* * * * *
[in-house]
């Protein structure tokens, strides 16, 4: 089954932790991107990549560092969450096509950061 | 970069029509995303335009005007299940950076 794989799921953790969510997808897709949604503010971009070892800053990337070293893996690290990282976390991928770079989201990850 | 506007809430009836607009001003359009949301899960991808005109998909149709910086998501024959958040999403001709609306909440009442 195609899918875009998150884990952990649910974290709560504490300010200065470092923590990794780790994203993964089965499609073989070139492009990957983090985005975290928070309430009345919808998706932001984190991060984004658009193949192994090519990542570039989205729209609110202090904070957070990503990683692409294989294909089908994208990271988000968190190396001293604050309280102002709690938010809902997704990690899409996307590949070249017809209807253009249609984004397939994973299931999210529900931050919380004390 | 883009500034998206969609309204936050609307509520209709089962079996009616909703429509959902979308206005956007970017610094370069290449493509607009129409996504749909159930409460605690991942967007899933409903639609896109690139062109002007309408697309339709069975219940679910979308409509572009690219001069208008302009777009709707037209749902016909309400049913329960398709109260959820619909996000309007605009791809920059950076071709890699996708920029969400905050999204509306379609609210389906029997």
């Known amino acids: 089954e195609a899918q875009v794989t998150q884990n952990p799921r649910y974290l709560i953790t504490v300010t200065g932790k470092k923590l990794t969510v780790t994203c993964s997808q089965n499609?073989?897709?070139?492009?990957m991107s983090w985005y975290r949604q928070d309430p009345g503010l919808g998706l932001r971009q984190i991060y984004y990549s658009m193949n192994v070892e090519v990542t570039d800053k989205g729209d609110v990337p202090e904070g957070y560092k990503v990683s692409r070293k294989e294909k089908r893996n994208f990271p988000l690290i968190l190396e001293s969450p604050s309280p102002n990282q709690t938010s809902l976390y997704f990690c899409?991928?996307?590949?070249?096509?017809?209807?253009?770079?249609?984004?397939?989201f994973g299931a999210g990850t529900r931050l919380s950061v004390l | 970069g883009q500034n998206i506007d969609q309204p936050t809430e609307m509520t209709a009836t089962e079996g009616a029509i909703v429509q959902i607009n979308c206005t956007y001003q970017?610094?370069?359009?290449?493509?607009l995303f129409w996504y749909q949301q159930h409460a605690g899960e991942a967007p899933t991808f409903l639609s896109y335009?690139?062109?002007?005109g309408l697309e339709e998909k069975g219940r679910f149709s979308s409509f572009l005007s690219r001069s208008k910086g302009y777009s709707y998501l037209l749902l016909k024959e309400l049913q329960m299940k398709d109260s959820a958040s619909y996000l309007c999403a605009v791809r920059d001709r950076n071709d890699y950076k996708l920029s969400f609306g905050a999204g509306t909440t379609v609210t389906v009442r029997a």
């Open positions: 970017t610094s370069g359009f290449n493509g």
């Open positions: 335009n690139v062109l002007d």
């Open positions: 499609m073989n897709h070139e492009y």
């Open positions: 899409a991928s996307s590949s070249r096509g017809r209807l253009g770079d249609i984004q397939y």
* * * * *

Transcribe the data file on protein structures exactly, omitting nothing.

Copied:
[in-house]
């Protein structure tokens, strides 16, 4: 089954932790991107990549560092969450096509950061 | 970069029509995303335009005007299940950076 794989799921953790969510997808897709949604503010971009070892800053990337070293893996690290990282976390991928770079989201990850 | 506007809430009836607009001003359009949301899960991808005109998909149709910086998501024959958040999403001709609306909440009442 195609899918875009998150884990952990649910974290709560504490300010200065470092923590990794780790994203993964089965499609073989070139492009990957983090985005975290928070309430009345919808998706932001984190991060984004658009193949192994090519990542570039989205729209609110202090904070957070990503990683692409294989294909089908994208990271988000968190190396001293604050309280102002709690938010809902997704990690899409996307590949070249017809209807253009249609984004397939994973299931999210529900931050919380004390 | 883009500034998206969609309204936050609307509520209709089962079996009616909703429509959902979308206005956007970017610094370069290449493509607009129409996504749909159930409460605690991942967007899933409903639609896109690139062109002007309408697309339709069975219940679910979308409509572009690219001069208008302009777009709707037209749902016909309400049913329960398709109260959820619909996000309007605009791809920059950076071709890699996708920029969400905050999204509306379609609210389906029997």
């Known amino acids: 089954e195609a899918q875009v794989t998150q884990n952990p799921r649910y974290l709560i953790t504490v300010t200065g932790k470092k923590l990794t969510v780790t994203c993964s997808q089965n499609?073989?897709?070139?492009?990957m991107s983090w985005y975290r949604q928070d309430p009345g503010l919808g998706l932001r971009q984190i991060y984004y990549s658009m193949n192994v070892e090519v990542t570039d800053k989205g729209d609110v990337p202090e904070g957070y560092k990503v990683s692409r070293k294989e294909k089908r893996n994208f990271p988000l690290i968190l190396e001293s969450p604050s309280p102002n990282q709690t938010s809902l976390y997704f990690c899409?991928?996307?590949?070249?096509?017809?209807?253009?770079?249609?984004?397939?989201f994973g299931a999210g990850t529900r931050l919380s950061v004390l | 970069g883009q500034n998206i506007d969609q309204p936050t809430e609307m509520t209709a009836t089962e079996g009616a029509i909703v429509q959902i607009n979308c206005t956007y001003q970017?610094?370069?359009?290449?493509?607009l995303f129409w996504y749909q949301q159930h409460a605690g899960e991942a967007p899933t991808f409903l639609s896109y335009?690139?062109?002007?005109g309408l697309e339709e998909k069975g219940r679910f149709s979308s409509f572009l005007s690219r001069s208008k910086g302009y777009s709707y998501l037209l749902l016909k024959e309400l049913q329960m299940k398709d109260s959820a958040s619909y996000l309007c999403a605009v791809r920059d001709r950076n071709d890699y950076k996708l920029s969400f609306g905050a999204g509306t909440t379609v609210t389906v009442r029997a």
């Open positions: 970017t610094s370069g359009f290449n493509g």
């Open positions: 335009n690139v062109l002007d």
């Open positions: 499609m073989n897709h070139e492009y």
């Open positions: 899409a991928s996307s590949s070249r096509g017809r209807l253009g770079d249609i984004q397939y």